Joanie was the daughter of a career diplomat. She had lived in a number of countries. She exuded confidence and foreign languages. So running for school treasurer in our fifth grade was no task.
But she firmly wanted me to be her campaign manager. Shy, but flattered to be included in an important school event, I said yes. I had never really heard of a campaign manager, and never suspected that the job entailed making a speech in front of the student body.
In retrospect, since we were in an American school overseas, the elections must have been orchestrated by the teachers to give students a simple view of the electoral process in our homeland. The country we lived in was ruled by a dictator, and thus had no working model of democracy. And so in this small, academic framework, the campaign managers and candidates labored to create a free election.
Fortunately, I could take my new challenge home to my parents. My mother worked on my confidence, and my father worked on my speech. The main idea, he said, was simply to explain to the student body the qualifications and qualities that would make Joanie its best treasurer ever. So we made a list of her best traits and put them in an outline, and I practiced giving it aloud. I can still remember the very deep breath I took before that speech's opening, and also the very approving wink I got from my language teacher at its close.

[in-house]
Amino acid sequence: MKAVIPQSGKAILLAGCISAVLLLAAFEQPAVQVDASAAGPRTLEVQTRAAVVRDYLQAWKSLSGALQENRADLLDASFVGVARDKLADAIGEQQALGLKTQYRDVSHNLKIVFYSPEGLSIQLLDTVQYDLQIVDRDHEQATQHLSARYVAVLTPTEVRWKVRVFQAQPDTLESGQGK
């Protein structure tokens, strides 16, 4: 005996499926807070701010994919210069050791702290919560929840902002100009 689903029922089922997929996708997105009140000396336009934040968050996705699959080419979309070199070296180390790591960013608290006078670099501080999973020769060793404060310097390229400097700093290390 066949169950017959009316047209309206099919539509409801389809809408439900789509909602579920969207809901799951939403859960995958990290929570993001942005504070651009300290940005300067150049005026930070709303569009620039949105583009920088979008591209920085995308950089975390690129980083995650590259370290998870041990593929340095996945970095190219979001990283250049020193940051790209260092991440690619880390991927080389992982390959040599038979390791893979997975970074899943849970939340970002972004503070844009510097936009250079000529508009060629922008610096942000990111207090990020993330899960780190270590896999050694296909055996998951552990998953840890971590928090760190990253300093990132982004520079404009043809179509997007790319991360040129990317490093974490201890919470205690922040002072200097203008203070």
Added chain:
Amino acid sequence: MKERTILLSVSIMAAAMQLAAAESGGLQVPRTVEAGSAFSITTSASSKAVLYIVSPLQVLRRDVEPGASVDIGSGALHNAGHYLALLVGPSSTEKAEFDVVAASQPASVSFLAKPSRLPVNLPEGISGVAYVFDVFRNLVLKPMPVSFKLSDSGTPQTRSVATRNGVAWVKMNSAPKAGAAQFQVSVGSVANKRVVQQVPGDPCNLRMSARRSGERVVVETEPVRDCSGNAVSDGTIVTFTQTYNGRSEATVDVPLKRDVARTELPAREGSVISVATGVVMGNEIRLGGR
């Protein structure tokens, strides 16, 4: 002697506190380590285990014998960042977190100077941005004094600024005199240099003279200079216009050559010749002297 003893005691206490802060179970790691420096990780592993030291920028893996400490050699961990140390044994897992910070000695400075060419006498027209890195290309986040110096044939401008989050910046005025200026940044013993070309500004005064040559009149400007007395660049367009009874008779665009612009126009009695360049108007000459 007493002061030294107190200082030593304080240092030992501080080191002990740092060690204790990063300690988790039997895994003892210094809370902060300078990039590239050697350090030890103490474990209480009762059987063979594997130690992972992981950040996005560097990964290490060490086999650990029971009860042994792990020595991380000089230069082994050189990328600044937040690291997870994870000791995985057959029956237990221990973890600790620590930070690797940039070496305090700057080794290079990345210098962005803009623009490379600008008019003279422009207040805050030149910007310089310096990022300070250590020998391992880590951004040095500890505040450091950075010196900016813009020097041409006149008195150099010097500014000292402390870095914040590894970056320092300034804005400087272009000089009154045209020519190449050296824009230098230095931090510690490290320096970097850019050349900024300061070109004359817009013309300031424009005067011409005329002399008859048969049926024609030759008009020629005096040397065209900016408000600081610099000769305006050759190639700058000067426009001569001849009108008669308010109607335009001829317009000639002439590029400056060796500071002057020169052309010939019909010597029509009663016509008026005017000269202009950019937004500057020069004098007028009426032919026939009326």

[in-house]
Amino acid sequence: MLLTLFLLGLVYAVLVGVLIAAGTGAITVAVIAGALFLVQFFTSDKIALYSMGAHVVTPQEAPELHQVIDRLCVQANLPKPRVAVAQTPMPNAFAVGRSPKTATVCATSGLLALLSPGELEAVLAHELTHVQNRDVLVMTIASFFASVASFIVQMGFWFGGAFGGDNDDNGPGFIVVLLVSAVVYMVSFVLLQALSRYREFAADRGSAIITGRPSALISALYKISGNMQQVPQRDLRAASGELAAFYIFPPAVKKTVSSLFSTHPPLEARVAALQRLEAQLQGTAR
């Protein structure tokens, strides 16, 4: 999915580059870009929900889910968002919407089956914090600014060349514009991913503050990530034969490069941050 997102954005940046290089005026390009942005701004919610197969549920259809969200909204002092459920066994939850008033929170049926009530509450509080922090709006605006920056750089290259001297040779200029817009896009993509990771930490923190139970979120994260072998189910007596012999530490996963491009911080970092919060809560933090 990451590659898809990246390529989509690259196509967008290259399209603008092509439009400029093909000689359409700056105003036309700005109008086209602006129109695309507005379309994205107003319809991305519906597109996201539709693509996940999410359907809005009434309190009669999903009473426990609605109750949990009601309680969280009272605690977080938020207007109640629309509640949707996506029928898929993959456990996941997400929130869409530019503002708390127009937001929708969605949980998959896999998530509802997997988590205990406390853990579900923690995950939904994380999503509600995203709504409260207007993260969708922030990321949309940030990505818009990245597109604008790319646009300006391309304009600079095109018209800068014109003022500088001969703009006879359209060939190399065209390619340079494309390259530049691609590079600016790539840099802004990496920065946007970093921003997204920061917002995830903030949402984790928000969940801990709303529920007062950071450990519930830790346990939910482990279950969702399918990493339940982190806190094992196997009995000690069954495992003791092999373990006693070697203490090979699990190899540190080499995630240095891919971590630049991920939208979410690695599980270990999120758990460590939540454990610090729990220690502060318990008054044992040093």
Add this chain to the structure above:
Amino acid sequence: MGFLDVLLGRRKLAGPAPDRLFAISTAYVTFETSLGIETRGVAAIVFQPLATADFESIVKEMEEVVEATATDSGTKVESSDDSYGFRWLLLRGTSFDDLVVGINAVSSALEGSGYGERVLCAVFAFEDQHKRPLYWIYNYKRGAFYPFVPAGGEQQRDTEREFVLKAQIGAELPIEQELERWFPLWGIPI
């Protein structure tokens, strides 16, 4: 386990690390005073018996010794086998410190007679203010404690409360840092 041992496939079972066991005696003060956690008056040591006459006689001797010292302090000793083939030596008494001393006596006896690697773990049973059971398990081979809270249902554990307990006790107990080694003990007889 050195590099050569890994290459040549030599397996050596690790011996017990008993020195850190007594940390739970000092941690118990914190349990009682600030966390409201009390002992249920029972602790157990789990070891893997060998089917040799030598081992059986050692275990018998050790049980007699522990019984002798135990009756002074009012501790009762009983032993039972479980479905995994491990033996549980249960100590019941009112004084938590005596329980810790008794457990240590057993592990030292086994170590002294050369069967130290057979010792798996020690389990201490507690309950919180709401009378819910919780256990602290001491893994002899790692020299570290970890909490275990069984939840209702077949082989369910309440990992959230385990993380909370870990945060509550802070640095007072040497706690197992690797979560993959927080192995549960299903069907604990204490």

It worked well; Joanie was elected. She was a masterly officer and later ran successfully for more positions. I was elated, ecstatic at having participated in a successful election. It gave me new pride in being able to speak up. It was easier to raise my hand to take part in class. Later, there were opportunities to be in speaking contests, spelling bees, and simple oral presentations. All with a sense of confidence and grace. (Thank you, Joanie.)
Later, we lost track of each other, as most American students were sent back to the States for high school. However, I distinctly remember Joanie telling me (before she was transferred to Guatemala instead) that what she really wanted most in life was to be president of the United States.
During this year's political convention coverage, my eyes have searched the television screen ... waiting for her to surface. Perhaps after Geraldine Ferraro has had her moment in the sun, Joanie will come forward. Then, wouldn't I love to be her campaign manager! I'm waiting and willing.